To Sleep, Perchance to Take Herbs

| April 30, 2012 | 1 Comment

There has been a recent blast of new research that confirms something you already suspected: you are sleep deprived and it is causing health problems for you.  The evidence is now overwhelming that lack of sleep, even just the occasional all-nighter to study or finish a good book, has an immediate effect on blood sugar, blood pressure, brain chemistry and cortisol levels.   Ah yes, the all –important cortisol levels that trigger such nasty biological mischief!

Ongoing deficits of sleep (less than seven hours a night) that most of us sustain due to our full lifestyles can result in stubborn weight gain that does not respond to exercise and/or diet. It can set us up for pre-diabetic insulin resistance; it wreaks havoc on our digestion and immune systems.  Insomnia triggers general inflammation in the body that results in joint pain, arterial plaque, blood clots, and opens us up for all manner of chronic diseases, including obesity, diabetes, heart disease and cancer, to develop.

The sleep hygiene regimen includes things that are hard to accomplish in our lifestyle.  The keys to it are a consistent and regular bedtime, sleeping  in a completely dark room, getting regular exercise early in the day, avoiding stimulants including stress, getting 20-30 minutes or more daily exposure to the sun and, most alarming of all, turning off the computer an hour before bedtime.  Wow.  But when you weigh at the health benefits against the risks, it becomes worth it to try to mend our ways.

And, of course, there are herbs that can help you to achieve the steps.  Reducing stress and overstimulation is a good place to start.  There is a whole classification of herbs called “adaptogens” that are specifics for helping your body and mind be more resilient to physical, emotional and mental stress.  These include things that are easy to add into your routine.  How about Basil?  Put it in pesto, salads, and sandwiches; even add it to a green smoothie.  Then, there are things like American ginseng, eleuthero, ashwaganda  (actually called Withania somnifera for its ability to help you sleep) and rhodiola. These can all be purchased as capsules or in liquid extract form.  As loose powders, they can be added to fruit smoothies, soups and into baked items.  By managing your stress levels, you will reduce the cortisol and be able to fall asleep more easily.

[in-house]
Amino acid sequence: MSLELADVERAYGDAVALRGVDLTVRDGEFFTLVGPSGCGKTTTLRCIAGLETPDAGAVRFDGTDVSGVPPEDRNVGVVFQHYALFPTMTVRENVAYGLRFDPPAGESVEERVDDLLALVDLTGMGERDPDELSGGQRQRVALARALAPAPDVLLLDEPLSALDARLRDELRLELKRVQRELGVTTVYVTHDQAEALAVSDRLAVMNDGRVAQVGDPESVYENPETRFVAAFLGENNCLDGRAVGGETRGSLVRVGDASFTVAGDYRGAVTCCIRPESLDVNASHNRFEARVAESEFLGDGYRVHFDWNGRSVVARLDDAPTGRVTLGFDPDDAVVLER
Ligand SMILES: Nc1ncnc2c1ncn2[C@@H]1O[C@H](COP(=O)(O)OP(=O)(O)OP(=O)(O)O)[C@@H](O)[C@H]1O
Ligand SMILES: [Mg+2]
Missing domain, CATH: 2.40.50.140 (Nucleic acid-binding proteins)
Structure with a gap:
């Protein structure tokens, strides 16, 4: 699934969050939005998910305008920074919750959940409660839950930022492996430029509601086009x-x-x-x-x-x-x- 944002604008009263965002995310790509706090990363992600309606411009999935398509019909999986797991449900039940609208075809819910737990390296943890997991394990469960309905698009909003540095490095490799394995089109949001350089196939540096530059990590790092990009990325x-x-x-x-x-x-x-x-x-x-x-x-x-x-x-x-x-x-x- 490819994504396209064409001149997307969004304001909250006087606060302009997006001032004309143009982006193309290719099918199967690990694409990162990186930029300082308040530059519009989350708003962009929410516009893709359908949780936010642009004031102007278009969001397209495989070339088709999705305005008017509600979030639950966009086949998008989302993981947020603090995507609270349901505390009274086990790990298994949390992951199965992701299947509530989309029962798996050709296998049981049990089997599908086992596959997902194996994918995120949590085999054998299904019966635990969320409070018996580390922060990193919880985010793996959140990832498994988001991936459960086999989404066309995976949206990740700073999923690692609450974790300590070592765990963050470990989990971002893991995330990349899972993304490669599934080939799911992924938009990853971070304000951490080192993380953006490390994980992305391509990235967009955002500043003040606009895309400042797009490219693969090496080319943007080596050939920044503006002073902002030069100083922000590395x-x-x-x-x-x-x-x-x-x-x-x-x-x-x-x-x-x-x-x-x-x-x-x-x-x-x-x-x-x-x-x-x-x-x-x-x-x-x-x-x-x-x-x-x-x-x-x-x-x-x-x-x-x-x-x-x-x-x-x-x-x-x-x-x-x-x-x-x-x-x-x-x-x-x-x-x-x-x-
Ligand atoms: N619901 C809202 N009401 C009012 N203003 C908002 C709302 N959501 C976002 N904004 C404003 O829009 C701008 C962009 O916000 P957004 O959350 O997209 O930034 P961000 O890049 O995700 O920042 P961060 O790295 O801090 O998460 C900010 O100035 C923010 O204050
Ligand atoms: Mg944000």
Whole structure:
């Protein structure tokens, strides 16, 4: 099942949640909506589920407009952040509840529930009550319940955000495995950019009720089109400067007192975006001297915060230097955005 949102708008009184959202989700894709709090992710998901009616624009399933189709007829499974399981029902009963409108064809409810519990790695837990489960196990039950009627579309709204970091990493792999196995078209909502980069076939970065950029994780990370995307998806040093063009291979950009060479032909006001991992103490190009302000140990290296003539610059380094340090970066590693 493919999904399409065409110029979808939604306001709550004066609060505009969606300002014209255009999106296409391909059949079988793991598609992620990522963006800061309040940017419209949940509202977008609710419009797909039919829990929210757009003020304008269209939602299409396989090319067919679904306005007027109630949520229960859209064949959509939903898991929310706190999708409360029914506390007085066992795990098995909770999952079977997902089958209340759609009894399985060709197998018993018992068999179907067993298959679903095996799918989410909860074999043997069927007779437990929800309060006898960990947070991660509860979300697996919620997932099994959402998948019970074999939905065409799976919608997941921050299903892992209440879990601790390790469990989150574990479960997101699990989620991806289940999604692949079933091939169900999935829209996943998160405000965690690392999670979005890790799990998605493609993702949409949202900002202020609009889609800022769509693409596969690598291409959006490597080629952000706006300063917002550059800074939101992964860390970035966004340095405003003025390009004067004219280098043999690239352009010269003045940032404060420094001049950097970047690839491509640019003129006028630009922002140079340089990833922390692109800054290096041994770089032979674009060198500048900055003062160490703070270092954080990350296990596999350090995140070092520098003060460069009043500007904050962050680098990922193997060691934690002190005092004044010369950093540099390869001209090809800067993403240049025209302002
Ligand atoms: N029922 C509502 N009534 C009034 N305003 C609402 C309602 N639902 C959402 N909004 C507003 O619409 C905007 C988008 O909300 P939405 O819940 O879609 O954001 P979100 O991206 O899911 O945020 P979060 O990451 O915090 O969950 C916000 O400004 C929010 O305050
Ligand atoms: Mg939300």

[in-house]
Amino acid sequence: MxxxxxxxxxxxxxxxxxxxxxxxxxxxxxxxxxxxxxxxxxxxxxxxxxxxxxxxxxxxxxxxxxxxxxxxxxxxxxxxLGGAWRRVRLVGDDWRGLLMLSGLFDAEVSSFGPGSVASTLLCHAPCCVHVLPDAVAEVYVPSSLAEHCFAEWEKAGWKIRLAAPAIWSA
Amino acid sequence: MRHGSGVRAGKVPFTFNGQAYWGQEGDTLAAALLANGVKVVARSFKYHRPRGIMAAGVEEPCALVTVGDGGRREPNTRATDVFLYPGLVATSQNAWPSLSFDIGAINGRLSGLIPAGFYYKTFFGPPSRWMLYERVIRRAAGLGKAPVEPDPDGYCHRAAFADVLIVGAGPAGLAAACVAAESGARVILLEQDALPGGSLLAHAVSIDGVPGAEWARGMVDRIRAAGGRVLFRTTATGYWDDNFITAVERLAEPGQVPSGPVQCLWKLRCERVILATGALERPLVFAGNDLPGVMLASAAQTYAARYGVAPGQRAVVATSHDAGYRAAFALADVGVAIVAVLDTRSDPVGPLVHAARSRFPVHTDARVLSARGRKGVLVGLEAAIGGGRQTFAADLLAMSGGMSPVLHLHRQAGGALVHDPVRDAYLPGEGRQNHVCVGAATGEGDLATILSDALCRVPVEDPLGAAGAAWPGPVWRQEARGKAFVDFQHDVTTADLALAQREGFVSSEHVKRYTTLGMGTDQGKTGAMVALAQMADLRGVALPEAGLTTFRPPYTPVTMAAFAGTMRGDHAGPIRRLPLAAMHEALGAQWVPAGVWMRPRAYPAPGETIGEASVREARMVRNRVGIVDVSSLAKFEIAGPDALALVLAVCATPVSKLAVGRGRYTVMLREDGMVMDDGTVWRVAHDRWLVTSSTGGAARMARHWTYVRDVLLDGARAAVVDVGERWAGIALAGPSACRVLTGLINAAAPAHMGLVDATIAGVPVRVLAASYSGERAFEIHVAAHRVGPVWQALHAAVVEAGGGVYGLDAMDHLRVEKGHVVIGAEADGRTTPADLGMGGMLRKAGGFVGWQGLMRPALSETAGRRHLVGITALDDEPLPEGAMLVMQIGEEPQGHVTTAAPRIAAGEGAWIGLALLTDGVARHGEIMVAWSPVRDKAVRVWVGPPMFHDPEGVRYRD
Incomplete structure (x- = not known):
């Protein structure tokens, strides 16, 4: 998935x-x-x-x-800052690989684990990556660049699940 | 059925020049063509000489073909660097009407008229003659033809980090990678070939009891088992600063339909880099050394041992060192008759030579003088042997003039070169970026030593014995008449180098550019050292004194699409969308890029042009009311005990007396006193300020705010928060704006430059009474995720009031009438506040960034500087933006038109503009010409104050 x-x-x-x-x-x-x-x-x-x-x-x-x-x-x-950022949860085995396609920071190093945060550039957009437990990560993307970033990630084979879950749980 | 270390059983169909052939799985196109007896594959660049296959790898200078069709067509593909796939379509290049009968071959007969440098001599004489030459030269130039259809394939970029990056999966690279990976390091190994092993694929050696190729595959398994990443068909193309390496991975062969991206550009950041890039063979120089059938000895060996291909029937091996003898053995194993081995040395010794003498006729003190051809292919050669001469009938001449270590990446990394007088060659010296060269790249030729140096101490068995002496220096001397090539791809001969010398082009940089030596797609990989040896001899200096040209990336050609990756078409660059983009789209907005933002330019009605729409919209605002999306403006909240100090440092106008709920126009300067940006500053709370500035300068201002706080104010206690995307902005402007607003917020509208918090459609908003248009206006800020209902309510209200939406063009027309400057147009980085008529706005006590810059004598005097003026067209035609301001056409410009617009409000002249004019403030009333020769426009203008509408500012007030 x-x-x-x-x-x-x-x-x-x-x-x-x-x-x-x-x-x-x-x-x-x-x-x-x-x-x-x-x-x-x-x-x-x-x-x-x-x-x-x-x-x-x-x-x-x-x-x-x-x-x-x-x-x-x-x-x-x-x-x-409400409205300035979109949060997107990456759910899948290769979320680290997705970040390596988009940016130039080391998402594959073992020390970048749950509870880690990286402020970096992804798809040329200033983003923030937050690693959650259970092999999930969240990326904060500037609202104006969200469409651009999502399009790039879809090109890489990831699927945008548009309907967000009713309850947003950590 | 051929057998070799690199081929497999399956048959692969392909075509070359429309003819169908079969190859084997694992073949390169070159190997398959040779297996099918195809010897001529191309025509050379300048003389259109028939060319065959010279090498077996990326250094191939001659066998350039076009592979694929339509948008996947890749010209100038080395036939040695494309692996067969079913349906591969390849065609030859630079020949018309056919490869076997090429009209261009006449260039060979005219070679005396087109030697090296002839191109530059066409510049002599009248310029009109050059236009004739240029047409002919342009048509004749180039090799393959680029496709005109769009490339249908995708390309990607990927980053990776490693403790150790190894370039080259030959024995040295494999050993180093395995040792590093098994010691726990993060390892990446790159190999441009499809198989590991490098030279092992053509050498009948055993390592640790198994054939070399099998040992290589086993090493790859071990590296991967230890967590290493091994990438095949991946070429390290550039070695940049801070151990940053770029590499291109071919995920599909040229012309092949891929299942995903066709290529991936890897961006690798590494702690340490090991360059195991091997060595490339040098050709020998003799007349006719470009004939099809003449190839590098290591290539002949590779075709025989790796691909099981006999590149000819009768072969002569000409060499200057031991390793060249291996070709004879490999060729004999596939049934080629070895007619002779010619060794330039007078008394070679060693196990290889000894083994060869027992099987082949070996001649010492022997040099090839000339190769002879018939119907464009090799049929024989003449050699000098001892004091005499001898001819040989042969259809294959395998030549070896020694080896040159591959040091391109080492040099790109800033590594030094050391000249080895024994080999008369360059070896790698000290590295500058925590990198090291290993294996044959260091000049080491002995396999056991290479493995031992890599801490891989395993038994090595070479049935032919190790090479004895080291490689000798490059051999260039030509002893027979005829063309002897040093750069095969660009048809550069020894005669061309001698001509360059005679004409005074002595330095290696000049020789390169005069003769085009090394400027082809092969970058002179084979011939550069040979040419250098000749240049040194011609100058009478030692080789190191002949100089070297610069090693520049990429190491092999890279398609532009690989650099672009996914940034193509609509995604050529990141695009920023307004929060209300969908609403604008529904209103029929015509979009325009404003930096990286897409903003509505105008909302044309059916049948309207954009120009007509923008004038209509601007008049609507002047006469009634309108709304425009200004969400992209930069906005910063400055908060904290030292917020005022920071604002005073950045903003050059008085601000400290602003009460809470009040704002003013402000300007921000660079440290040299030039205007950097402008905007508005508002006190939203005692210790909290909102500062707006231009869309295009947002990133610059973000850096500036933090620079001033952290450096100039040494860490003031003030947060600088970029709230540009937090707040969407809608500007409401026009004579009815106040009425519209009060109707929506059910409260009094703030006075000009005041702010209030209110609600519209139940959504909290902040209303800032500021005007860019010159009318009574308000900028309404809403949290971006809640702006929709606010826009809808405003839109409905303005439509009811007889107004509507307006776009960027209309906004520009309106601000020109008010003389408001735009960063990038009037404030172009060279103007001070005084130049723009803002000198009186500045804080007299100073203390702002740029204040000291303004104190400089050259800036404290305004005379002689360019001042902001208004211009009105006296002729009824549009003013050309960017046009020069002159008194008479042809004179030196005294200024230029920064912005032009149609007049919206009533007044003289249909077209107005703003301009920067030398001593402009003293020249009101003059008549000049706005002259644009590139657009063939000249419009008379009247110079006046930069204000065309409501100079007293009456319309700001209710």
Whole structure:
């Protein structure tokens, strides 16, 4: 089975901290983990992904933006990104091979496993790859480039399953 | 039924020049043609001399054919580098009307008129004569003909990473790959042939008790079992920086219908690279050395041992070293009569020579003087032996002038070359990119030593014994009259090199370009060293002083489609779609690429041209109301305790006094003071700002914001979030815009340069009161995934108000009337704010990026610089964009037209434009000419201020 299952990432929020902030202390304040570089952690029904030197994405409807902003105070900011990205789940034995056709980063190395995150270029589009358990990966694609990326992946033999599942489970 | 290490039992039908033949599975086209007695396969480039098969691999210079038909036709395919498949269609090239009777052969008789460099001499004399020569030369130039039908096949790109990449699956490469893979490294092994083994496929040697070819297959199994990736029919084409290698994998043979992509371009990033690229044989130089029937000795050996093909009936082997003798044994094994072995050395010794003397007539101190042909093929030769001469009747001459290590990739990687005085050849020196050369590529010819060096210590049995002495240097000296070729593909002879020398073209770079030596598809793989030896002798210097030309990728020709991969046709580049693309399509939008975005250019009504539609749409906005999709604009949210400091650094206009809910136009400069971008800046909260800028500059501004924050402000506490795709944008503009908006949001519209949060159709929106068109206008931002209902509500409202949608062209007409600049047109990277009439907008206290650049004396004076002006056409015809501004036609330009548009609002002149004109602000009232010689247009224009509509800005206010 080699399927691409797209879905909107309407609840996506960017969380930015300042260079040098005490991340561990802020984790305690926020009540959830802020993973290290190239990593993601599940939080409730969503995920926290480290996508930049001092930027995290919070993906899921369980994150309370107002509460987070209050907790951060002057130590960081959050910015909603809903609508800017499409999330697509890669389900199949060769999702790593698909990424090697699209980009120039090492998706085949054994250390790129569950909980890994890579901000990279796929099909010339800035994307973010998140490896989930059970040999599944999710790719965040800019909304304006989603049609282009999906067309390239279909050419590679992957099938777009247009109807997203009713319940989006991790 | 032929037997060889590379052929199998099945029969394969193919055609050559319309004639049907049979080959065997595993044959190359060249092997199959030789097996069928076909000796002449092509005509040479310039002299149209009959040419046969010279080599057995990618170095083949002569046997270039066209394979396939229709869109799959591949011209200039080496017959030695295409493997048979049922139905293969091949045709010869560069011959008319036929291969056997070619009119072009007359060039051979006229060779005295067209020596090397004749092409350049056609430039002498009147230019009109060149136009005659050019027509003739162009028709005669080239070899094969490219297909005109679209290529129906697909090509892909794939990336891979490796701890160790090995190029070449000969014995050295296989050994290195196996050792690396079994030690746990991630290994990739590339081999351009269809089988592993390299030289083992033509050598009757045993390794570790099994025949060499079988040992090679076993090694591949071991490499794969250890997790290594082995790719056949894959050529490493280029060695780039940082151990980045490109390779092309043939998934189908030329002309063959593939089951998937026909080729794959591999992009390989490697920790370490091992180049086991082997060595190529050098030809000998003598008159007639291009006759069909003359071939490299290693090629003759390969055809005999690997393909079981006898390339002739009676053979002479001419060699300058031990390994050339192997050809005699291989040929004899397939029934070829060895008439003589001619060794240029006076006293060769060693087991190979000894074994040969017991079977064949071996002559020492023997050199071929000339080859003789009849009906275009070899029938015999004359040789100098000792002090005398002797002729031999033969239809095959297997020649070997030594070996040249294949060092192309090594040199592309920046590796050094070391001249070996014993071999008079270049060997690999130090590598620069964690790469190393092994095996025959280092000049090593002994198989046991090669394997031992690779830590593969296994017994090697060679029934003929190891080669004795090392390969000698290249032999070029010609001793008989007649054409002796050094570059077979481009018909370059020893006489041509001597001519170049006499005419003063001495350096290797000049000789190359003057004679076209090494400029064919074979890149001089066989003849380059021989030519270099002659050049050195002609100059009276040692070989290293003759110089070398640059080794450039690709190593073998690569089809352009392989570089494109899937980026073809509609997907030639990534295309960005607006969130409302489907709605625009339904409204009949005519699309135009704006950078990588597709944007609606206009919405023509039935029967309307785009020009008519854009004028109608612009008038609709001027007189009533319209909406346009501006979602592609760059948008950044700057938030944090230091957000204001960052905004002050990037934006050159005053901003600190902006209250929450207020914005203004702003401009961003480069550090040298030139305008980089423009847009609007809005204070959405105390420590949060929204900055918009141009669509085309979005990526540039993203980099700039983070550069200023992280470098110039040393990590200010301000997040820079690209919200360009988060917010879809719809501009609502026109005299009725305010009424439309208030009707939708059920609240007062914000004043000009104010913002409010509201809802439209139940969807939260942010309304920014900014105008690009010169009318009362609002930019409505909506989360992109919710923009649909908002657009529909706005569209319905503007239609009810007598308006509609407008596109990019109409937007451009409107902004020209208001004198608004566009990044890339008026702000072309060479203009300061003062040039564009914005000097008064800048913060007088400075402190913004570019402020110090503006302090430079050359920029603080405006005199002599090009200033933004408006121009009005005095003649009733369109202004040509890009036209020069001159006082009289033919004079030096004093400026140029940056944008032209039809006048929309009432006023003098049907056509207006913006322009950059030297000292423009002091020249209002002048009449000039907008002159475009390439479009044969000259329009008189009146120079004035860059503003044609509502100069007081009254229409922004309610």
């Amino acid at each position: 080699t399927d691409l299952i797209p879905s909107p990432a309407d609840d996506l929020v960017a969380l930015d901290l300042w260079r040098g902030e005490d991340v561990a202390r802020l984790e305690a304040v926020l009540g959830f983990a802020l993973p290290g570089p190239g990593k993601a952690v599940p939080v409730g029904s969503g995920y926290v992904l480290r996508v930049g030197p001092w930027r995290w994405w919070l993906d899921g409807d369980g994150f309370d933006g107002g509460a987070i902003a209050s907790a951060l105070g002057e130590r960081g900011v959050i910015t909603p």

Anxiety, that nagging voice in your head that won’t let you rest, is another thief of sleep.  And, there are herbs designated to deal with this also.  Many make tasty tea to drink any time of the day and especially instead of coffee or so-called energy drinks.  Lemon balm, chamomile and catnip will accumulate their effects to restore some calm.  They have the extra benefit of improving your digestion and reducing inflammation. Another tasty and effective mix might include damiana, linden and lavender.   Not-so-tasty herbs to take the edge off (you can take them as capsules to avoid the bitterness) include hops, valerian and passionflower. These need to be taken regularly to build up an effect over time.  If tea is not for you, it is possible to ingest the herbs as aroma therapy.  One way to do this is to make an “eye pillow” that is stuffed with lavender, chamomile, hops and mugwort.  When you place the pillow over your eyes, you breathe in the aromatic oils. These volatile compounds affect the neurotransmitters in a way that brings relaxation.

While, as I always say, no herb can compensate for an unhealthy lifestyle, addling some herbal allies into your daily routine can support you in making small changes towards a better sleep program.  The important thing is to reclaim your right to a good night’s rest.  It is crucial to your well-being.  Give yourself permission to make it a priority. Now go to bed.

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